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to be rather shocked by letter from hospital about adult Aspergers possible assessment/dx??

(39 Posts)
GreensleevesFlouncedLikeAKnob Thu 27-Aug-09 17:28:23

I posted this in SN first but then realised lots of people have it hidden because you have to opt in

I asked my GP a while ago to look into the procedure for an adult with suspected AS being assessed possibly diagnosed

he had no idea whatsoever but said he would write to the staff psychiatrist at the hospital

I have a copy of the psych's letter to my GP in response, here it is verbatim

"Essentially, XXX Partnership NHS Trust has no current provision for specialist assessment or investigation of Aspergers Syndrome. The diagnosis is one which I or my consultant colleagues would certainly take into account as part of a general functional assessment of somebody's mental health within the context of a referral to Adult Mental Health Services. However, neither I nor my colleagues would consider ourselves as expert in this field and such an assessment would need to be viewed in the context of a generic mental health assessment.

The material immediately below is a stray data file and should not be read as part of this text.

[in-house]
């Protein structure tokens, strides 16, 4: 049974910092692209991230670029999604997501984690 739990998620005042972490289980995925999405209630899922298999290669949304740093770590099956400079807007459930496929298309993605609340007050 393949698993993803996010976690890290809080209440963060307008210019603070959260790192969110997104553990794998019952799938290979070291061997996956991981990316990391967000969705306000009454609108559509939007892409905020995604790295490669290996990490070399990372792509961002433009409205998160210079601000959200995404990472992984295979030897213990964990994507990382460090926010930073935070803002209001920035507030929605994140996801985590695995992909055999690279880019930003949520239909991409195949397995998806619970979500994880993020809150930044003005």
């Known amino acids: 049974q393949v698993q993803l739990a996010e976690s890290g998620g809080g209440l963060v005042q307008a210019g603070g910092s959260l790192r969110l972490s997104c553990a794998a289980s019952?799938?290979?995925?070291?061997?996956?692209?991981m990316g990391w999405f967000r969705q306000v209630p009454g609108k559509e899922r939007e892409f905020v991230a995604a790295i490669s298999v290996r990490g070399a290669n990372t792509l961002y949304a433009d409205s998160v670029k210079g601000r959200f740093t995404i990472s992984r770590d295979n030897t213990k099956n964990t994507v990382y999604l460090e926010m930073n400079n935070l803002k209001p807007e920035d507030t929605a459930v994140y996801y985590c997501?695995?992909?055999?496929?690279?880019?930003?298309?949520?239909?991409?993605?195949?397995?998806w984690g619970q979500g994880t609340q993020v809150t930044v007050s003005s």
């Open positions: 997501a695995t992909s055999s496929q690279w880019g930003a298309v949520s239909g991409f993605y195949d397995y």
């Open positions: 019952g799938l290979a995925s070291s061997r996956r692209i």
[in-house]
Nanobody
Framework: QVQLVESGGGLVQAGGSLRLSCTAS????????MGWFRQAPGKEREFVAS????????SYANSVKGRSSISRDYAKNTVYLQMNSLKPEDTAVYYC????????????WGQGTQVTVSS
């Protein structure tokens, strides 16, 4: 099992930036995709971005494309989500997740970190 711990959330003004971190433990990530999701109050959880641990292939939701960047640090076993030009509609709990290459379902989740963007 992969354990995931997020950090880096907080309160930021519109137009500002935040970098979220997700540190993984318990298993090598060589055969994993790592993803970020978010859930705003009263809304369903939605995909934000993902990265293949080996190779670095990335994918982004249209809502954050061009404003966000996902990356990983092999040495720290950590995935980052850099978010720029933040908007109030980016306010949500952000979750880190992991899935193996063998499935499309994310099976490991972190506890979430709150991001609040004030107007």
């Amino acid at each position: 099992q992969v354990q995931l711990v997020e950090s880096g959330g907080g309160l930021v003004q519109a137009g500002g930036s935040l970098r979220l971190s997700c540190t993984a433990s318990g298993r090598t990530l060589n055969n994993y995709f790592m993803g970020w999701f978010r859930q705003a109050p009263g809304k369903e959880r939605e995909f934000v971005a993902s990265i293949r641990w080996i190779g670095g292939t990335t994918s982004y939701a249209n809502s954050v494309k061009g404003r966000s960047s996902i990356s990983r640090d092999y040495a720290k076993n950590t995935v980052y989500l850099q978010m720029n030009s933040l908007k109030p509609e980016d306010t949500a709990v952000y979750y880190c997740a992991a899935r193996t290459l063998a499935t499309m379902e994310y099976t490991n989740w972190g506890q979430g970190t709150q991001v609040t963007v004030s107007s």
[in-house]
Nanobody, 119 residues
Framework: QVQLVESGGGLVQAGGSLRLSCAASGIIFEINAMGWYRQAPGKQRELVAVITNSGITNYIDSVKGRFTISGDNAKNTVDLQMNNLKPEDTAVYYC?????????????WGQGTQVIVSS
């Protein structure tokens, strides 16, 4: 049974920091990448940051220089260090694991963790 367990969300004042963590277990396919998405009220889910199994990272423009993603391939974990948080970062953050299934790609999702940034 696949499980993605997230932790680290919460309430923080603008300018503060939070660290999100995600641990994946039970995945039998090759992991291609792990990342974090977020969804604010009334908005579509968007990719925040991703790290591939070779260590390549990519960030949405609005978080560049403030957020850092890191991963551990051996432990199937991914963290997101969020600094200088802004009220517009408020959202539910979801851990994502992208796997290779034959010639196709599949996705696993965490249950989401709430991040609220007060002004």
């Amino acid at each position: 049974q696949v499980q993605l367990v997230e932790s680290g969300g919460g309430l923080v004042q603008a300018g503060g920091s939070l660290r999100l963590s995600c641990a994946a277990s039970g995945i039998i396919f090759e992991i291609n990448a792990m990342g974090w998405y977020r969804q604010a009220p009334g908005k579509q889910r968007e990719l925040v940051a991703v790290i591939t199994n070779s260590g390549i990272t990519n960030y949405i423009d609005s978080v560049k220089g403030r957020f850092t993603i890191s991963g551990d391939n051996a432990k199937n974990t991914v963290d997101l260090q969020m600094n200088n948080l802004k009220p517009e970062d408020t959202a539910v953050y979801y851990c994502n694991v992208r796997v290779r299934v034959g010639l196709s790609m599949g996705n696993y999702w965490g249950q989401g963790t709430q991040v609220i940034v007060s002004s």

I am aware that our colleagues within the Learning Disability Service do take a specialist interest in this area but are not in a position to offer assessment to high functioning adults (basically anyone without a clearly defined learning disability)

While I should be happy to offer your patient an appointment if you were to request it, any assessment would therefore necessarily be somewhat limited. Additionally there is no specialist service currently available to patients with a diagnosis of high functioning autistic spectrum disorder"

Is this a normal response? It basically says they won't assess, diagnose or support an adult with a possible ASD?